Bell Museum launches Minnesota Biodiversity Atlas

The online collection is accessible to the public for research and everday use.

David Clarey

A new online portal housing information on the world’s most peculiar flora and fauna may satisfy the curiosity of nature enthusiasts.
This month, the Bell Museum launched the Minnesota Biodiversity Atlas — the culmination of a multiyear project to expand the accessibility of the museum’s records.
The Bell Museum’s collection contains more than 750,000 specimens, 
including 16,000 unique species. The new online atlas includes 400,000 specimen records from around the world. Funded by an award from the Environment and Natural Resources Trust Fund, the portal took three years to compile.
“This can be used to document and understand change. We have records that represent places from Minnesota that have changed dramatically,” said George Weiblen, scientific director and curator of plants at the Bell Museum.
In the past, the museum’s collections were available only by request, Weiblen said. 
For Keith Barker, 
curator of genetic resources and interim curator of birds at the Bell Museum, the online atlas will stimulate inquisitiveness and hopefully help researchers formulate new questions about biodiversity.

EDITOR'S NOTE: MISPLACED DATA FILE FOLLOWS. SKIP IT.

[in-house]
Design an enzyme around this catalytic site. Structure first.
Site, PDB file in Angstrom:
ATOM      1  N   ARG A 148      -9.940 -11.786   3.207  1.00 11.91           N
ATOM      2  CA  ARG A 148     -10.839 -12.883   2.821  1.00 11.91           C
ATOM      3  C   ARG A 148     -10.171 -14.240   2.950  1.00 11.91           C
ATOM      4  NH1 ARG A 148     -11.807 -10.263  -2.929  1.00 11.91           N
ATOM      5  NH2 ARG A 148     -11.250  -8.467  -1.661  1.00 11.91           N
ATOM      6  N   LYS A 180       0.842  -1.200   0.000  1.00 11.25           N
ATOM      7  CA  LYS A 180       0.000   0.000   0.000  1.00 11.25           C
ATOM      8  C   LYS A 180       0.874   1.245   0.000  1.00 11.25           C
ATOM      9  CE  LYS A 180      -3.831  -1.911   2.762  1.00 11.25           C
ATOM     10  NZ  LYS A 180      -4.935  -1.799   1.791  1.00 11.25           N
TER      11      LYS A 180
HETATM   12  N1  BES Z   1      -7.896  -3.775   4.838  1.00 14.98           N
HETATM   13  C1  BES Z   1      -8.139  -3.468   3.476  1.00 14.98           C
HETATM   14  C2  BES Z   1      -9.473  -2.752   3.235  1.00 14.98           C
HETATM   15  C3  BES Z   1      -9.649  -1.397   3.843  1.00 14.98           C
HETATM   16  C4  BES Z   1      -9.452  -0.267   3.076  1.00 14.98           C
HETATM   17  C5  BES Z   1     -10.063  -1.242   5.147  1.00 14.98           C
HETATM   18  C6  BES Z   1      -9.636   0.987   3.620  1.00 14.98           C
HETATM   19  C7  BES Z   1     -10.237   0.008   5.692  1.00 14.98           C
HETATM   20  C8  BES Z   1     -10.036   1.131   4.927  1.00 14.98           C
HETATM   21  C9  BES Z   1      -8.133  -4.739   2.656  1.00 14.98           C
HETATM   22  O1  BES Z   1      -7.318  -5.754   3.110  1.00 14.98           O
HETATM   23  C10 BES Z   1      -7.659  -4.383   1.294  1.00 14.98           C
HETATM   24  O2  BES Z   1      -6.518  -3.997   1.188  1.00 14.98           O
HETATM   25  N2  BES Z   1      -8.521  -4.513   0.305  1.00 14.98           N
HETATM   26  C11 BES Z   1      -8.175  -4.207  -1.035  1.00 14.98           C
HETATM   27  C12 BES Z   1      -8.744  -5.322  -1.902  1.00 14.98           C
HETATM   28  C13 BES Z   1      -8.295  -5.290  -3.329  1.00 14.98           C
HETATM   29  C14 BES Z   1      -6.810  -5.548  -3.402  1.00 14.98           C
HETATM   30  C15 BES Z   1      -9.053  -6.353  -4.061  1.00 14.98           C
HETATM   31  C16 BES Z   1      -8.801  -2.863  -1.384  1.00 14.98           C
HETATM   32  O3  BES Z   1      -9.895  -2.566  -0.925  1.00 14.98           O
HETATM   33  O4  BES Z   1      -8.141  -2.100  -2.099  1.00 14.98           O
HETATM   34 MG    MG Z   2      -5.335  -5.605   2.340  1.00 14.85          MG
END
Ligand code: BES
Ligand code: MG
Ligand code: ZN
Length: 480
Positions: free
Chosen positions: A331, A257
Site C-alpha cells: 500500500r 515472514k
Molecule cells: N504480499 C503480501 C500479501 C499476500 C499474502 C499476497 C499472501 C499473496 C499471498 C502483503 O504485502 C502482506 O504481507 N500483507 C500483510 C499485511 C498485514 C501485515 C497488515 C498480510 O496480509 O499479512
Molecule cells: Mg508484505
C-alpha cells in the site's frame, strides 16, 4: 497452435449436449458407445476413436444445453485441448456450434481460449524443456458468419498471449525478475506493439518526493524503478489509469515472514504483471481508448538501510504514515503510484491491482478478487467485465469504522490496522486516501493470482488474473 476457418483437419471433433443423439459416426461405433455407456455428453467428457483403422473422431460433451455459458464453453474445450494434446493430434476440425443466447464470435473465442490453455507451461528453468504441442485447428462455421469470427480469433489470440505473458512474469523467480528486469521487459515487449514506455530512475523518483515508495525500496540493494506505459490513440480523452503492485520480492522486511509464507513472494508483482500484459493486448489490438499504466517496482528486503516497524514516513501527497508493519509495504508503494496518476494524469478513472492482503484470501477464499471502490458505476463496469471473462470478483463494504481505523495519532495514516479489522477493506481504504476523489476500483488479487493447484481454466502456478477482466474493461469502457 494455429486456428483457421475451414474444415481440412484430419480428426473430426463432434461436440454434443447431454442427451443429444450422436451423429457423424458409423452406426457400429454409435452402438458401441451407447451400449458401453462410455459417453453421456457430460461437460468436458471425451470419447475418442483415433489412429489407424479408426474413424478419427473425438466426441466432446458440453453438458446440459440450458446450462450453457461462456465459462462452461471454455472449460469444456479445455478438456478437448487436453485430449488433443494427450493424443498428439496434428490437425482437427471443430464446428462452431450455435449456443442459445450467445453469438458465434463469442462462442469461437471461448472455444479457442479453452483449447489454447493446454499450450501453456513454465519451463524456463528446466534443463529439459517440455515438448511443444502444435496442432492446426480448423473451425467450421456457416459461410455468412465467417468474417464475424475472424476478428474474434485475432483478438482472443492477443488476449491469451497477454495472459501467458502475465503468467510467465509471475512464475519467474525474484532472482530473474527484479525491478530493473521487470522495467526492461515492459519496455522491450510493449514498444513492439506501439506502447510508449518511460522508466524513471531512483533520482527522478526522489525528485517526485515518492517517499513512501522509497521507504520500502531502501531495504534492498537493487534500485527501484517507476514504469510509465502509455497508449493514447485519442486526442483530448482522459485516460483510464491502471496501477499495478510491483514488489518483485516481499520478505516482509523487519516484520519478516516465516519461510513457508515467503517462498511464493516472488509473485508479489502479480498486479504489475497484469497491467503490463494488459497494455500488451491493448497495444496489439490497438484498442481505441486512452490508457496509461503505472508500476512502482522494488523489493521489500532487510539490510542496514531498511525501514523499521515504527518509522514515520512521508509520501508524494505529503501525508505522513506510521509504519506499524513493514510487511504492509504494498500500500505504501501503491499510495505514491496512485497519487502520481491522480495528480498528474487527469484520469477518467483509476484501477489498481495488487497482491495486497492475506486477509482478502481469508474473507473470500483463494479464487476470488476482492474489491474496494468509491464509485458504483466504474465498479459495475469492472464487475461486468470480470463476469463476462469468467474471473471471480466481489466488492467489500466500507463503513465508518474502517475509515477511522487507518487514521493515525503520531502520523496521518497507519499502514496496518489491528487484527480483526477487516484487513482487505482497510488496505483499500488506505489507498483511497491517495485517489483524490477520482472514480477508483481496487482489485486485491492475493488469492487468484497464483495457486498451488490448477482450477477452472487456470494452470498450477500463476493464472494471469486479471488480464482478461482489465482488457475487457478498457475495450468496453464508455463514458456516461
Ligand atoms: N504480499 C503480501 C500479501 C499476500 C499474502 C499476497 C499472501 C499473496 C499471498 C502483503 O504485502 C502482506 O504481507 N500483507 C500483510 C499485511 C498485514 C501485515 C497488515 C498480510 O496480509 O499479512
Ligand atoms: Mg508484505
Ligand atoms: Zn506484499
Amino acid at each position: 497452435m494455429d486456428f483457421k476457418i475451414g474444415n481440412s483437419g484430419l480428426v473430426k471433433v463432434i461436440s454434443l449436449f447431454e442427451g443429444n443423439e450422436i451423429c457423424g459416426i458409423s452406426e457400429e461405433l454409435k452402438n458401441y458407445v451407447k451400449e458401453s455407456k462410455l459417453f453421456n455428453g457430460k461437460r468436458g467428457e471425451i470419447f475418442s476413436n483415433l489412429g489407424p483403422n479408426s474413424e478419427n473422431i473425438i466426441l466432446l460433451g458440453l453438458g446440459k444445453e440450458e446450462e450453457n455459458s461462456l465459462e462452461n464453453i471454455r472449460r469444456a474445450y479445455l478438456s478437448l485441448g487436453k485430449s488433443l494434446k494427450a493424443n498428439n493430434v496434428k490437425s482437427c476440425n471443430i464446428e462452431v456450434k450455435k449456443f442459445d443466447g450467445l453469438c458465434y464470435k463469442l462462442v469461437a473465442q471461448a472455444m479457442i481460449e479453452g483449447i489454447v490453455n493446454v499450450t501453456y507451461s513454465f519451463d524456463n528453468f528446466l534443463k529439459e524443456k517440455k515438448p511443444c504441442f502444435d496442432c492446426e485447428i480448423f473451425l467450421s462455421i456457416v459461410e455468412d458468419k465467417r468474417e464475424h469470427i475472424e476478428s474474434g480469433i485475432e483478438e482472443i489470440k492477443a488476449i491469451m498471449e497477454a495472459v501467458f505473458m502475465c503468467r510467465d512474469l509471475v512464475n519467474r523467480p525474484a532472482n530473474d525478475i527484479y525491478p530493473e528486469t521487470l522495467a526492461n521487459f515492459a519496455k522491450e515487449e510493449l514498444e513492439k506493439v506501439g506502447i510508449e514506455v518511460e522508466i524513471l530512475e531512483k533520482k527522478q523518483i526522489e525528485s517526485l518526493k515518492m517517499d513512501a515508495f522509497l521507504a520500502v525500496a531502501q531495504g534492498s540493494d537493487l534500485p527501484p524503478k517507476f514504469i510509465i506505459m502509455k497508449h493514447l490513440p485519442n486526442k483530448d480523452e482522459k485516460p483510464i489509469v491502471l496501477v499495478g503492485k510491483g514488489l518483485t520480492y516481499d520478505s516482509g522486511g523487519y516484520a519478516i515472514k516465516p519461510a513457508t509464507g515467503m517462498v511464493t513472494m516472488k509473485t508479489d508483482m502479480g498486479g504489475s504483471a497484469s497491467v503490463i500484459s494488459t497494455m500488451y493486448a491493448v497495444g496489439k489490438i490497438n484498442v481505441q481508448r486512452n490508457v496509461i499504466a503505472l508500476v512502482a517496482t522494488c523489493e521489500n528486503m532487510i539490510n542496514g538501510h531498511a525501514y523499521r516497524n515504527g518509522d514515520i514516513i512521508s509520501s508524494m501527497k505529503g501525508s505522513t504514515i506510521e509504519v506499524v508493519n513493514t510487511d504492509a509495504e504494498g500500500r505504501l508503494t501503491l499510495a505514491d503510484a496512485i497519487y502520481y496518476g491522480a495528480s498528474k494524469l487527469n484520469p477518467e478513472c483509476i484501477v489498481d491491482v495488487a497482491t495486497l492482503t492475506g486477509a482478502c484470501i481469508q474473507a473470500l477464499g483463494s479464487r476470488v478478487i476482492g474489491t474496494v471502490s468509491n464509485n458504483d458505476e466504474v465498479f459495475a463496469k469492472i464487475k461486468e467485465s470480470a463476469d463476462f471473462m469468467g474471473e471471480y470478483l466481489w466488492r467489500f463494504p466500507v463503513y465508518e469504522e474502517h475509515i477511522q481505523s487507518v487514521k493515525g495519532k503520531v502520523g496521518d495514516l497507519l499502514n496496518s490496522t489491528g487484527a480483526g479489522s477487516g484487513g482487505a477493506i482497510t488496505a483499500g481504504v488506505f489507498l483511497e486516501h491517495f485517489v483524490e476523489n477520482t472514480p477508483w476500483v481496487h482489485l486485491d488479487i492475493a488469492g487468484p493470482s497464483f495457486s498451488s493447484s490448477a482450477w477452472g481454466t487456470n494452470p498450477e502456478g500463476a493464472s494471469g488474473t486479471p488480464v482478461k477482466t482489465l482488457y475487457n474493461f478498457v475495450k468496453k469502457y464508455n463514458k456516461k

“Mostly, it’s a matter of access. Secondarily, it’s also a matter of integrating data so we can ask different kinds of questions,” Barker said 
The Bell Museum’s records contain geographic information of where specimens were collected and ocassionally include images. 
For the Midwest, the online collection is relatively unique because of its expansiveness, Barker said. The portal bridges five terabytes of the museum’s botanical and zoological data.
“Before now, you had never seen plants and animals and fungi, lichens, all in one place,” Barker said. 
This August, the museum plans to make the atlas available through a crowdsourcing website called Zooniverse, Barker said. The website enlists volunteer scientists to help transcribe and verify the collection’s vast array of data and historical records.
However, the process of creating the Minnesota Biodiversity Atlas hasn’t been without challenges, Weiblen said. One such complication came when building the online portal’s content. Some collections named species differently than others.
Collectively, the museum’s curators decided to limit the geographical information of endangered species to the county in which they were found.
Katie Noren, a University graduate who has been working with the Bell Museum’s plant collection for more than a year, said the previous databases lacked images and was inaccessible. As part of the museum’s new effort, her team has uploaded more than 65,000 records of plants.
 “For me, it’s mostly to get it out there, to get the information out so people know it’s available,” Noren said. “It’s available for them to look at and get interested in and get excited about.”